Halloween just passed, but for those of you who aren’t ready to cede their horror reading for cozy holiday books, Anna has some more chilling tales for you…
Tired of the same witches, zombies, and werewolves? Dude, you and me both. Remember when Halloween was about Odin chasing you to Hell with his pack of demon dogs? Or, or, or, wait – what about when Halloween was about malicious water fiends waiting hungrily to drown you in your own toilet? Or what about when Halloween was about a long-limbed Internet horror that inspires children to kill each other?
At some point in history, sometimes quite recently, each of these terrors were considered real by some human living on Earth. They were taken 100% seriously and people were legitimately afraid of them and driven to weird extremes because of them.
The horror isn’t that the king of the gods is angry, or hungry, or insane, or whatever. Slenderman is just a bunch of doctored pixels. What’s scary is that people believe in him.
Belief can’t be stopped or killed. Belief will come for you until it wins. It will wait in the darkness at night and deprive you of sleep until your blurry eyes see what it wants you to, until your exhausted heart hammers itself out of your chest, until the rabbit in your mind runs in panic until it collapses, chest heaving in a rapid tempo of gasps for the last remaining air in the world.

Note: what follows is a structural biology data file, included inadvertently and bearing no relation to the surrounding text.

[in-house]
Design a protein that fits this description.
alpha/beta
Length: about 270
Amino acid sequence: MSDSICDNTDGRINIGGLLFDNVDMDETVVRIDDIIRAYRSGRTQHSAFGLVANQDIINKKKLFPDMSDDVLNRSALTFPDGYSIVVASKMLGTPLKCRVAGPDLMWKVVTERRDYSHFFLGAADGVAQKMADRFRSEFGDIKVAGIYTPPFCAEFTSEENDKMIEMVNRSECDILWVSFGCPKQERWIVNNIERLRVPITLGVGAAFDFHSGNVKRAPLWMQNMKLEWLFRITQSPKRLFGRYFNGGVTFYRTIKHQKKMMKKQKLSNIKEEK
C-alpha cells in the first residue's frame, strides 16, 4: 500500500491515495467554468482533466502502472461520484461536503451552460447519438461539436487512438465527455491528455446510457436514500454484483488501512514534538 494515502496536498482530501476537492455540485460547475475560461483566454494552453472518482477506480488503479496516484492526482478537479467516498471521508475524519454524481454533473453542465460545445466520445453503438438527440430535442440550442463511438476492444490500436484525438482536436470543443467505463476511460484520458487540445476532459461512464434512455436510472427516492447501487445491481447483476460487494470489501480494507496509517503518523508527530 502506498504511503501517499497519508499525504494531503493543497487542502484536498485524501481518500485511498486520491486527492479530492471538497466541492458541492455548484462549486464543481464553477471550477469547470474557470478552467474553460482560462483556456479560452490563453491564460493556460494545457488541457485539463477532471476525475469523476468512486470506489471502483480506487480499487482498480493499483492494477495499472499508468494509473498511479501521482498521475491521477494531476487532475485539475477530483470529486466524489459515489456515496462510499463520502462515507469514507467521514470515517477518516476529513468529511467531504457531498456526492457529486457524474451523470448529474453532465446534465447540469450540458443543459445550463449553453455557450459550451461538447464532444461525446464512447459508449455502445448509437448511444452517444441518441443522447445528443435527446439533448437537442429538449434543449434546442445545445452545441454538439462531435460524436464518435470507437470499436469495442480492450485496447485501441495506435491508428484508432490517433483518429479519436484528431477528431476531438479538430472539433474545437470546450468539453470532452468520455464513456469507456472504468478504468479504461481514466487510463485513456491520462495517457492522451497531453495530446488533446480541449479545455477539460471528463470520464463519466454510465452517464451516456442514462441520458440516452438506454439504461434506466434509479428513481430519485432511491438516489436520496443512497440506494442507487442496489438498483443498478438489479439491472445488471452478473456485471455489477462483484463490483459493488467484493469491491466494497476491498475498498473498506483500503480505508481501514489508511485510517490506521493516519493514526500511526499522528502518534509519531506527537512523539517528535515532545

Let’s see how scary belief can be.
The Road to Jonestown by Jeff Guin
Jim Jones was a charismatic man. His followers thought he’d been touched by God, so much so that they abandoned their lives and followed him to another continent to establish a new world. But what do you do when your prophet goes insane…and orders everyone to die?
This true story, a new take on the horrifying tragedy of the Jonestown mass suicide, will keep you reading well into the night. As Guin delves through FBI files in search of the truth, he plumbs the depths of Jim Jones’s madness, eventually retracing the steps of the man himself to visit the place where the massacre actually happened.
The Lottery and Other Stories by Shirley Jackson
Sometimes people do things because they’ve always done them. Some people cut the end off the turkey because great-grandma taught them to do that, never mind the fact that great-grandma’s pan, long melted to scrap, was simply an inch too short to accommodate the whole bird.
Other people stone each other to death. Nobody even remembers why they do that.
Still chilling years after its publication, this masterwork of psychological horror stands with Jackson’s repertoire of quietly heart-stopping psychological horror stories collected in this gripping volume.
It by Stephen King
There is a clown in the sewer. He lives on your fear of him. It doesn’t matter if you find that implausible. He’ll show you. He’ll convince you beyond a shadow of a doubt that he’s real. And he’ll do it by eating your friends first…
There’s no way to defeat the fiend of Derry, Maine except by mastering your own fear first. Yet fear is what it knows, what it’s good at…and what it demands. A group of children face It and barely survive…only to confront the true horror as adults.
Bird Box by Josh Malerman
Seeing isn’t always believing. Sometimes, if your belief is strong enough, you know not to even look. But then, there’s also the possibility that you’re wrong. That’s what Malorie must face – or not face – when she must evacuate her children away from a monster that causes rational people to go violently insane with a single glance. As she guides their rowboat – blindfolded – Malorie knows that she’s being followed, knows she’s being watched…but is knowledge alone enough to save her family?